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Aug 21, 2015 11:51 AM EDT

Single People May Have A More Satisfying Life Than Those In Relationships

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Single people are just as happy as those who are in a relationship, according to a recent study.

Researchers at the University of Auckland in New Zealand found that although being in a relationship can provide happiness and a sense of security, "including a baked-in sense of support and a defense against loneliness," single people are perfectly happy without a romantic partner-in-crime, Entrepreneur reported.

"It's a well-documented finding that single people tend to be less happy compared to those in a relationship, but that may not be true for everyone. Single people also can have satisfying lives," Yuthika Girme, lead researcher of the study, said in a statement.

With a high divorce rate, solo parenting, and many people delaying marriage to pursue career goals, the number of single people is on the rise. Single people now outnumber married adults in the United States, with more than 128 million singles representing 51 percent of the adult population.

For the study, researchers collected and analyzed data from more than 4,000 New Zealand residents, Discovery reported. They found that people with high "avoidance social goals," or those who try at all costs to avoid relationship disagreements and conflict, were just as happy being single as other people were in relationships. Being single may remove some of the anxiety triggered by relationship conflicts for those individuals.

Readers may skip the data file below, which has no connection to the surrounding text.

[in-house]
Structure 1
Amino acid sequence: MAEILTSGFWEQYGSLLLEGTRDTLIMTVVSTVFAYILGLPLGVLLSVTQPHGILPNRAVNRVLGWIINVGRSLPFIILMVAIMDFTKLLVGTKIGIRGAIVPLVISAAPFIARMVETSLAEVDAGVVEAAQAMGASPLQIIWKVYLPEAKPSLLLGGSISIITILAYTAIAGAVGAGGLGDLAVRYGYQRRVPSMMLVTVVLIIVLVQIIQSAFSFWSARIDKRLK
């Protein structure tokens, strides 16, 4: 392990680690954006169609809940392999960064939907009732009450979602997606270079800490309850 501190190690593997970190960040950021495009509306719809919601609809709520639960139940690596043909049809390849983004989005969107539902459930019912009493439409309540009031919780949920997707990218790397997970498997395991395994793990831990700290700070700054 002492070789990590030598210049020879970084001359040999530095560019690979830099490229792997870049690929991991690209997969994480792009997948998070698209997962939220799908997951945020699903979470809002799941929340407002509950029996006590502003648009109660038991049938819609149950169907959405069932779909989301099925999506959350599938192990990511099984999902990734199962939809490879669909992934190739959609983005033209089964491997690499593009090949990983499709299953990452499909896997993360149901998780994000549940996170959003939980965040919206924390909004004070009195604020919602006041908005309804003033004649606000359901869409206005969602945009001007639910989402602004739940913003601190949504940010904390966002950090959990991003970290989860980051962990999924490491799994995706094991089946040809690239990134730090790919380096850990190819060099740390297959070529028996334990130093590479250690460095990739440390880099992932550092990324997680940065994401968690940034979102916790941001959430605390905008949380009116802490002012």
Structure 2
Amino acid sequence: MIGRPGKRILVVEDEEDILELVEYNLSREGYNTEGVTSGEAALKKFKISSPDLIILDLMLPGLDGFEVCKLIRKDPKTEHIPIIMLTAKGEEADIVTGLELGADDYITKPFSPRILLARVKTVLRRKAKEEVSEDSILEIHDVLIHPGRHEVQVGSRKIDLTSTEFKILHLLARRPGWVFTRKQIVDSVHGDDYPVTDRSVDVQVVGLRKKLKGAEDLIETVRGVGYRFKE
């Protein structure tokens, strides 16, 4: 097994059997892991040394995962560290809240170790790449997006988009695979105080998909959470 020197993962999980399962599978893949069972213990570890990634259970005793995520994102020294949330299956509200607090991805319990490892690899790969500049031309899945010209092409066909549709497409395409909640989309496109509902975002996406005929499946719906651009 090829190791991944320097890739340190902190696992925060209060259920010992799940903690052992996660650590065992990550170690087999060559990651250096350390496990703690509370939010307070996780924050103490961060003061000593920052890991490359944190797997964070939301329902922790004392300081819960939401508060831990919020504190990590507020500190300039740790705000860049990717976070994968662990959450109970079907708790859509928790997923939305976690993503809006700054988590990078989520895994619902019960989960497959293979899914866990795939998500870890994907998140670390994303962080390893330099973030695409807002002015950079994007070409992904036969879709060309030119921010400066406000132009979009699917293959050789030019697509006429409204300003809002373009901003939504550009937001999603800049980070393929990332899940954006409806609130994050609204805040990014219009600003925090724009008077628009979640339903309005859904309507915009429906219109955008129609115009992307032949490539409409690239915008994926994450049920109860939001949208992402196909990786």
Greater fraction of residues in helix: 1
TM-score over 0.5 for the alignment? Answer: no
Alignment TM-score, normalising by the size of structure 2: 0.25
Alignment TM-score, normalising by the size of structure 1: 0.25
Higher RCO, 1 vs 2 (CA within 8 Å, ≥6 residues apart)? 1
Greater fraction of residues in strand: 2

Conversely, researchers also found that people with low avoidance goals who aren't concerned about the ups and downs of a relationship were less happy when they were single.

Girme said trying too hard to avoid relationship conflicts actually may create more problems. Although it's a good trait for single people to have, it can have negative effects in a relationship, contributing to anxiety, loneliness, lower life satisfaction, and an unhealthy focus on negative memories.

The findings are detailed in the journal Social Psychological and Personality Science.

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